By Aaron Aquilina | April 18 2019
Google estimates that 73% of online activity has to do with local searches.
The discipline of SEO has evolved greatly in recent years. You can attribute this change to Google’s ever-evolving search algorithm, but also to the fact that the way we’re searching is changing. Long-tail, conversational keywords have become standard, with a report suggesting that search terms of 5+ words make up 41.7% of the overall keyword length distribution. As more and more content is appearing in search results, we’re adapting our method of search by using long-tail keywords to sift through content.
Voice search is also on the rise, which correlates to the increase in conversational long-tail keywords. In this increasingly competitive SEO battlefield, how do you get your content seen by your demographic?
An interesting tactic is to use location-based search engine optimisation. We've used this to great success for several of our clients, and you can use it to dominate your local searches, too.
Don't just take our word for it — see how we helped Westminster City Council Commercial Waste Services increase its online presence by 200%.
Location based SEO, also known as geo-targeting, is the practice of optimising your content to appear for your target location. It's fair to say that Google is getting better and better at creating location-based search results on more generic topics, where searchers are looking for something.
For example, if I’m sitting in our digital marketing office in Abingdon and search for the term 'restaurants', Google knows to display me local results. A desktop search will return restaurants in the wider local area, whereas a mobile search will show restaurants in close vicinity.
Google believes the intent is different between desktop and mobile search; those on a desktop are more likely to be researching while those using mobile search want more immediate results.
"This, however, does have its limitations. For less commonly searched terms, such as 'SEO agency', Google tends to display mostly national results."
Although location-based search terms have far fewer search volumes, they carry a lot more intent and can deliver traffic to your site that has a greater chance of converting. Those searching locally are far more likely to be in the consideration or purchase stage of the buyer’s journey.
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The most powerful way to get around keyword competition is by targeting location-based keywords.
This is a strategy that almost any company can leverage and is simple to execute. Think about keywords that take into account location, such as:
Let’s say I was tasked with improving an Abingdon estate agent’s presence in local search. I’d initially create content optimised for keywords such as 'Abingdon estate agents' or 'estate agents in south Oxfordshire' and then include variations of these for my regional SEO strategy.
A good example would be to write an article with the title: 'How to make the most of your Abingdon estate agents'.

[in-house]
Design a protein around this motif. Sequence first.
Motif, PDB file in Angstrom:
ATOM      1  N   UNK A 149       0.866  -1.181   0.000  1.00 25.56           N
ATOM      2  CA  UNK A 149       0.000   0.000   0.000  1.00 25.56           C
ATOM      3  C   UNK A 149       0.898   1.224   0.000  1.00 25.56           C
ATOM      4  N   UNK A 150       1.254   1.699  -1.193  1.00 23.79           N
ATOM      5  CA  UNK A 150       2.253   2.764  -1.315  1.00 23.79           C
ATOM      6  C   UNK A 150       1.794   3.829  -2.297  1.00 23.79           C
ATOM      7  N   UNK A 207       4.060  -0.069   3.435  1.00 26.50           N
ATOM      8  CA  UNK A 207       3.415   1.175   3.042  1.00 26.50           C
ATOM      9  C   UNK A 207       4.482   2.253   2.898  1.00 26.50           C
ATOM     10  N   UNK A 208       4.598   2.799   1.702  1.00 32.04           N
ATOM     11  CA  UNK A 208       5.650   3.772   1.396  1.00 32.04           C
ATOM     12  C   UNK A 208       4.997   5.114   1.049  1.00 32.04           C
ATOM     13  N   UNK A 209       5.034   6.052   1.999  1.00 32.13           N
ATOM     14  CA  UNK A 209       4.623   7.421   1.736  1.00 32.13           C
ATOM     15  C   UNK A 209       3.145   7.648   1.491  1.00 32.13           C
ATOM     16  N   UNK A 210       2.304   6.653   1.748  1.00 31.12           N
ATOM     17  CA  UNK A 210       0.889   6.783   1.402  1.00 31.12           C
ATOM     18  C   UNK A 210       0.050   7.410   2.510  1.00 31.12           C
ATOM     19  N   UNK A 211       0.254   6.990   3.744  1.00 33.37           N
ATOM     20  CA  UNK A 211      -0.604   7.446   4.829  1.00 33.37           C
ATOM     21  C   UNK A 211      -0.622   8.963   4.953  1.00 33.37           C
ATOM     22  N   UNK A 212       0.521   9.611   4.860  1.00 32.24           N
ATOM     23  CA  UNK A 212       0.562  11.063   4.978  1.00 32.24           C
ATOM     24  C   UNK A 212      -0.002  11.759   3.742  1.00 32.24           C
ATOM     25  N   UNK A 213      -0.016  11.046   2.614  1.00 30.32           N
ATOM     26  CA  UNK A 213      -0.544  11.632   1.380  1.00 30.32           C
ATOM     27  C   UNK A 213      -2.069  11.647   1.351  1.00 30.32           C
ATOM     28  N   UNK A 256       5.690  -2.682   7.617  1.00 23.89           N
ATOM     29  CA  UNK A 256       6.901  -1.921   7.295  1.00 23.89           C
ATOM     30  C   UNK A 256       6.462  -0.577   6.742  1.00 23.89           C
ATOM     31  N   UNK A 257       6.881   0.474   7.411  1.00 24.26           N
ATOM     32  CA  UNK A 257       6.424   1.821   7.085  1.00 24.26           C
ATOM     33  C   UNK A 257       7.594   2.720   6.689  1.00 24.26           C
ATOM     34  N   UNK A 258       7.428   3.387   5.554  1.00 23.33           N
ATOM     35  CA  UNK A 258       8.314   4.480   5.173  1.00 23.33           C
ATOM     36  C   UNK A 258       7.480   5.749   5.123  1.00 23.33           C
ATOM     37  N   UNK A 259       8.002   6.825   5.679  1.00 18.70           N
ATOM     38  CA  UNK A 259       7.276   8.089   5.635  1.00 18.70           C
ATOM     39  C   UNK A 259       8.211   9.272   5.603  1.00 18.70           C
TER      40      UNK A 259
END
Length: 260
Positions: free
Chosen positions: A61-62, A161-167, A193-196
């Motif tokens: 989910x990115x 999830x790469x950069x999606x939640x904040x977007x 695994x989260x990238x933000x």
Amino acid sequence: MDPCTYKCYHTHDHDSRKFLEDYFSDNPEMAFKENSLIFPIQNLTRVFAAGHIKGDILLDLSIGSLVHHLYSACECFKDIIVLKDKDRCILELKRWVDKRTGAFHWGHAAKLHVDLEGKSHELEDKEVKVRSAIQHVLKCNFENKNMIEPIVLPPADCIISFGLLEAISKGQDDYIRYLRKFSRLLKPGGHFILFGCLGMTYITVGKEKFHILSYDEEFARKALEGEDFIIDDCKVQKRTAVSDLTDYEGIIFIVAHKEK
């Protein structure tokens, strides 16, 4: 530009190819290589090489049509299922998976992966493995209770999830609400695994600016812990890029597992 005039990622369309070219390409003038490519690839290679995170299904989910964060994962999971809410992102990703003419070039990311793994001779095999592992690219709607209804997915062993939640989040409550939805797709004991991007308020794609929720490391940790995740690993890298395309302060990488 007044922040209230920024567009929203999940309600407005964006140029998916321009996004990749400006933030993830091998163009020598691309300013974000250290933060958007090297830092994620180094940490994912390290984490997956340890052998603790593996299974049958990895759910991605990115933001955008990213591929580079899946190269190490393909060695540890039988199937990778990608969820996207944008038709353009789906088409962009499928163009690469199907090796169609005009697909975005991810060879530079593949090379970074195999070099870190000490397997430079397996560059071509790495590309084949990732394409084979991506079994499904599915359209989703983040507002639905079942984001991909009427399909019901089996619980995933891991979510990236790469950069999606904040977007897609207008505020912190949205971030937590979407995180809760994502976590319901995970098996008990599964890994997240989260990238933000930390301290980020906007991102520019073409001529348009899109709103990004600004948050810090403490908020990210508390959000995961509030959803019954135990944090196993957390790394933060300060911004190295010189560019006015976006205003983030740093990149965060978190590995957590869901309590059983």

Google My Business (GMB) is a free tool for businesses to manage their online presence across Google, including Search and Maps. To optimise your GMB for local SEO, ensure that:
As well as GMB, there are also lots of other regional online directory services that you can use to help build local authority. It’s important to appreciate that Google cross-references these listings to determine your business’ credibility — consistency is key.
If you solely operate in the UK, it’s probably in your best interest to have a '.co.uk' TLD, as you will perform better in UK searches. For global businesses wanting to target several countries, this method may not be viable.
"Working with Vaughn and his team at BabelQuest has allowed us to get ahead of the competition and grow our service significantly. Their personal approach and expertise is invaluable. I won't hesitate to recommend him." Jarno Stet, Head of Westminster City Council Commercial Waste Services (check out the full case study to see how)
Yes! As you’re aware, duplication of content is a big no-no in Google’s eyes. In order to rank for different locations, you must create unique content that is specific to your target areas. For each different location, you should almost create a 'mini homepage', which provides an overview of services you provide in that area with links off to relevant subpages. It’s important to make sure that the location is included in the slug.
Let’s go back to the estate agents example. Say I’d decided to set up a branch in London. I’d repeat my same location keyword strategy, although the content optimised would be different. Informative content is key and, where possible, should be tailored to reflect the buyer persona's needs. Those buying property in London will have different concerns than those buying property in Abingdon — your content should reflect that.
Remember, those searching with local intent are usually ready to buy. Your landing pages should include a prominent call-to-action that reflects this.
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Topics: Inbound Marketing
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